Dog Safety: 10 Ways to Keep Your Pup Safe in 2020

There’s no doubt that nothing is more important to you than your dog’s safety—after all, they’re family, right? Keeping your four-legged friend safe requires taking some precautionary measures now and again. Here are ten tips to ensure your dog lives a full and happy life.

Stay Away from Toxic Foods

There is a long list of foods you should never give to your dog. While we can efficiently process almonds and artificial sugars, dogs don’t have the same biological mechanisms. Perhaps the most notorious culprit is chocolate, which initiates the most calls to the Pet Poison Helpline.

The toxic part of chocolate is called theobromine. While humans can quickly metabolize it, dogs can’t. If your dog consumes chocolate, the theobromine will build up in their system and cause harmful side effects.

The initial symptoms of chocolate toxicity include nausea, vomiting, diarrhea, tremors, and increased urination. A considerable amount can cause severe problems, such as seizures, internal bleeding, and cardiac arrest. You may start seeing these signs after a single ounce of chocolate.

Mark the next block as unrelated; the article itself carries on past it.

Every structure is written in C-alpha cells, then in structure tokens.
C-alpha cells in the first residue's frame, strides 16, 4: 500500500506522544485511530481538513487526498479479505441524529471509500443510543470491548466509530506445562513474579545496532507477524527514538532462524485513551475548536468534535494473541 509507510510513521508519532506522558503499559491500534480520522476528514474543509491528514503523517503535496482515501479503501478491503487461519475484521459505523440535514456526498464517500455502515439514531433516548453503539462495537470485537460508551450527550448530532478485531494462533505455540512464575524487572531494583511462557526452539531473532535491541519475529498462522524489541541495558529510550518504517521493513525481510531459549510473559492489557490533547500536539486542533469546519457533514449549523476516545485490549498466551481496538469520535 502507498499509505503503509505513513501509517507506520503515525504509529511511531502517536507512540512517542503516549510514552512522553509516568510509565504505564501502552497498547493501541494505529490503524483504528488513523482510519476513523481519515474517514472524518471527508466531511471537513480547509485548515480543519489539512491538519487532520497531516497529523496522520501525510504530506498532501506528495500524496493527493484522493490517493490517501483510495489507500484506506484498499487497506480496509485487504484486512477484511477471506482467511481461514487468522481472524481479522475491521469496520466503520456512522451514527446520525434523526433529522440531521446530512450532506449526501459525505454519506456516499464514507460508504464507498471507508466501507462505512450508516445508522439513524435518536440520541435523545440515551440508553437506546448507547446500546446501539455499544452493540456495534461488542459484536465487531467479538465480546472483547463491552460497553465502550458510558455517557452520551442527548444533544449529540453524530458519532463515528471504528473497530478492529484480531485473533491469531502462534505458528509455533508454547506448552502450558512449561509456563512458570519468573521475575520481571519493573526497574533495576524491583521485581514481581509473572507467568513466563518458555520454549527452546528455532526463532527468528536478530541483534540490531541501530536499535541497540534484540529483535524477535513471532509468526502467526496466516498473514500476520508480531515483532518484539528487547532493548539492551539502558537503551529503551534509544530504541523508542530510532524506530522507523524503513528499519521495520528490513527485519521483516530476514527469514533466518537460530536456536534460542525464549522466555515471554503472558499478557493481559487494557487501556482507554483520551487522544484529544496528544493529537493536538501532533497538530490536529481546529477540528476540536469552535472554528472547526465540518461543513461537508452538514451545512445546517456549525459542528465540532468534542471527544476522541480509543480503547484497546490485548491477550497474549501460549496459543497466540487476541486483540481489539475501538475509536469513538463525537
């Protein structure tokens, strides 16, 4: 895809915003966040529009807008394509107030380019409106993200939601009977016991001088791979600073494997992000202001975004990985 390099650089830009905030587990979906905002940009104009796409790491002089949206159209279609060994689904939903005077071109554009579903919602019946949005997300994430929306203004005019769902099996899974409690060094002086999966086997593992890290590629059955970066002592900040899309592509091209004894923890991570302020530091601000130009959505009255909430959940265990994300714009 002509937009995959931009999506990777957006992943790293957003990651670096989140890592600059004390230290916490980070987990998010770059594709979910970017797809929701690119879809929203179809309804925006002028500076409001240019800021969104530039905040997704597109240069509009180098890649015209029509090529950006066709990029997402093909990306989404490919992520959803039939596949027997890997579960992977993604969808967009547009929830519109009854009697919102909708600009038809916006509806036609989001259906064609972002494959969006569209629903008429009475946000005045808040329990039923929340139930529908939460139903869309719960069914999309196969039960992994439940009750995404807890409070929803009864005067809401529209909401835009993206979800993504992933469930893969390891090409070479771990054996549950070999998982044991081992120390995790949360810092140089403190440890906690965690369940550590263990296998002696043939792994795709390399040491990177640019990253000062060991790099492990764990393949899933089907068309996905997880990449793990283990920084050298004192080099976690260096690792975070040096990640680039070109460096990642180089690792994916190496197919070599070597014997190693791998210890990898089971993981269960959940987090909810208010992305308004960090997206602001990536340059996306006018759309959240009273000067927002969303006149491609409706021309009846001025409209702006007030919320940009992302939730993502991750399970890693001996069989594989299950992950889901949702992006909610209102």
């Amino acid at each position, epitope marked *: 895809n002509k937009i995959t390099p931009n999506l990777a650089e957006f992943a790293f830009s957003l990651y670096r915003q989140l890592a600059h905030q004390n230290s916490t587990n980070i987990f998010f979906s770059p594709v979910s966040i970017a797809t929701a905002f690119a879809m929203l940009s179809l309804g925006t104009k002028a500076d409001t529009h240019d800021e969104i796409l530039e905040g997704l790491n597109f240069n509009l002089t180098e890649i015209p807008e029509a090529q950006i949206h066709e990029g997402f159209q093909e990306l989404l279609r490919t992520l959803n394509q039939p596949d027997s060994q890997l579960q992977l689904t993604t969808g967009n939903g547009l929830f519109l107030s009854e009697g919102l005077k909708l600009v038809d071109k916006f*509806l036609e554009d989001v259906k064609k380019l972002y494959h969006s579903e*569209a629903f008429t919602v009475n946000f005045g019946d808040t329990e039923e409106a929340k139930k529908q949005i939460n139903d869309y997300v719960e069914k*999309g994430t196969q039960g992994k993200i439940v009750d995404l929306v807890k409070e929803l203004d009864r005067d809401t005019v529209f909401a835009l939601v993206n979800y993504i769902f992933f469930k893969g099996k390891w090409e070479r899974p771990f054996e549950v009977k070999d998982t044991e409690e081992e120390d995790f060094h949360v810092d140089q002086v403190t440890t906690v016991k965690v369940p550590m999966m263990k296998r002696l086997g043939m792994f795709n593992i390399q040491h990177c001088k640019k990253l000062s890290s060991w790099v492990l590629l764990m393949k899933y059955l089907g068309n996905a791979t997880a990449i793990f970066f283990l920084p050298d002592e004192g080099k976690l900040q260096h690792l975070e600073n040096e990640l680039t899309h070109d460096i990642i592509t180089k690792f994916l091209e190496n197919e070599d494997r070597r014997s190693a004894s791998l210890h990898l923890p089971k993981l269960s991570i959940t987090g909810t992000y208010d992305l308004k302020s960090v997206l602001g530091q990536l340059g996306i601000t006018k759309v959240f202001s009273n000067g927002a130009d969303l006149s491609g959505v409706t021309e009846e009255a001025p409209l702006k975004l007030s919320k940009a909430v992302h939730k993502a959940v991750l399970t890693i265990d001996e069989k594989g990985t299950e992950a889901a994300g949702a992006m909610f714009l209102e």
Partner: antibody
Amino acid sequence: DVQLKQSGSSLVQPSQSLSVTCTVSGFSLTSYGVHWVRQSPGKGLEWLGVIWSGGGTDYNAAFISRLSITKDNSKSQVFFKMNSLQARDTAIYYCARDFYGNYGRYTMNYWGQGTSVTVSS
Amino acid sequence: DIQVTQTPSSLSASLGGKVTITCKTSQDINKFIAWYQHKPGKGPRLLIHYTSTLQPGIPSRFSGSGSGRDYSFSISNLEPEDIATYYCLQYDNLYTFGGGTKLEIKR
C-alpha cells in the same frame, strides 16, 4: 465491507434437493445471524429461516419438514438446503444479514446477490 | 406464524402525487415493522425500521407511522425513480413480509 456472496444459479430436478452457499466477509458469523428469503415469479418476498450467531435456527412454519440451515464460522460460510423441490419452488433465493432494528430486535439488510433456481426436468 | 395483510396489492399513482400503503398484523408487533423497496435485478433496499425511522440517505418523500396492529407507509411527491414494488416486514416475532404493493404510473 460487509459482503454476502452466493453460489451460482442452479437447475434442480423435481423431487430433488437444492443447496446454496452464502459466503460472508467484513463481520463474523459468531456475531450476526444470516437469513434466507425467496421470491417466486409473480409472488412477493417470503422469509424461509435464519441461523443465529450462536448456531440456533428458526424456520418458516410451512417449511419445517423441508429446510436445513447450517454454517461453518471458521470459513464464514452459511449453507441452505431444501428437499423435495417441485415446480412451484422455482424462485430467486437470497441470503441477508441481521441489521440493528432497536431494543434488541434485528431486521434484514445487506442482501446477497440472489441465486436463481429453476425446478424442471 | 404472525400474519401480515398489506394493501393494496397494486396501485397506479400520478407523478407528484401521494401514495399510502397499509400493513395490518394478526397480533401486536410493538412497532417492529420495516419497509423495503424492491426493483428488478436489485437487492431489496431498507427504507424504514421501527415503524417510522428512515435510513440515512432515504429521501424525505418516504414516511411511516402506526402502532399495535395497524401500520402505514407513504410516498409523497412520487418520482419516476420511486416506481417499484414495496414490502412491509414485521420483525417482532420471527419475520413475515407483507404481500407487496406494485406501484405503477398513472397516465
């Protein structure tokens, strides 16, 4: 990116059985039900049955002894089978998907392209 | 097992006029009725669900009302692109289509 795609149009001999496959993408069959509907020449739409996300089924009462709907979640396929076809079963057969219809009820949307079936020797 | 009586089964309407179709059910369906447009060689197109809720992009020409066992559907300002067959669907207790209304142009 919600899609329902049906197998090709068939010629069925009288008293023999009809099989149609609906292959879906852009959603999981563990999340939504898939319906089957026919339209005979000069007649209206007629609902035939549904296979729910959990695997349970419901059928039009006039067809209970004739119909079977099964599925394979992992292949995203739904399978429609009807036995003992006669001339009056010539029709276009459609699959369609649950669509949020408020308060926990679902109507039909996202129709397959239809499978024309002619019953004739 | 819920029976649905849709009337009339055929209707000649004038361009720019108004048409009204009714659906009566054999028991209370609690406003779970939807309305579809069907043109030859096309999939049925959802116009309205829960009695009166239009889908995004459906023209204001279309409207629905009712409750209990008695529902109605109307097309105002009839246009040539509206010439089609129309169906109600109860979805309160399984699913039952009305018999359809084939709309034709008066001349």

Of course, all chocolate is not the same when it comes to theobromine levels. Milk chocolate has 44 to 58 mg/ounce, while baker’s chocolate ranges from 130 to 450 milligrams. It is worth noting that white chocolate only has 0.25 milligrams, though the high levels of sugar and fat are less than ideal for your pooch.

One way to calculate chocolate toxicity is with a calculator. After plugging in the type and weight of chocolate and your dog’s weight, you will get a readout of the likely symptoms. If you have immediate health concerns, make sure to contact a medical professional immediately.

Chocolate is only one of many forbidden foods. While the severities vary, it is in your best interest as well as your dog’s if you avoid them altogether. The list includes:

  • Avocado
  • Chocolate
  • Coffee
  • Garlic
  • Gum
  • Grapes
  • Macadamia nuts
  • Milk
  • Mushrooms
  • Potato skins
  • Raisins
  • Rhubarb
  • Tea
  • Walnuts
  • Xylitol
  • Yeast
  • Avoid Dog Bites

    Dog bites are a two-way street. On the one hand, you don’t want your dog to bite someone else. On the other hand, you don’t want another dog to bite your pup.

    According to the Center for Disease Control, nearly five million people sustain a dog bite each year, with 800,000 of those cases requiring medical attention. Some offenders show up on the CDC’s list every year. For instance, the Chihuahua is notorious for its willingness to bite, though it is unlikely to cause any significant damage.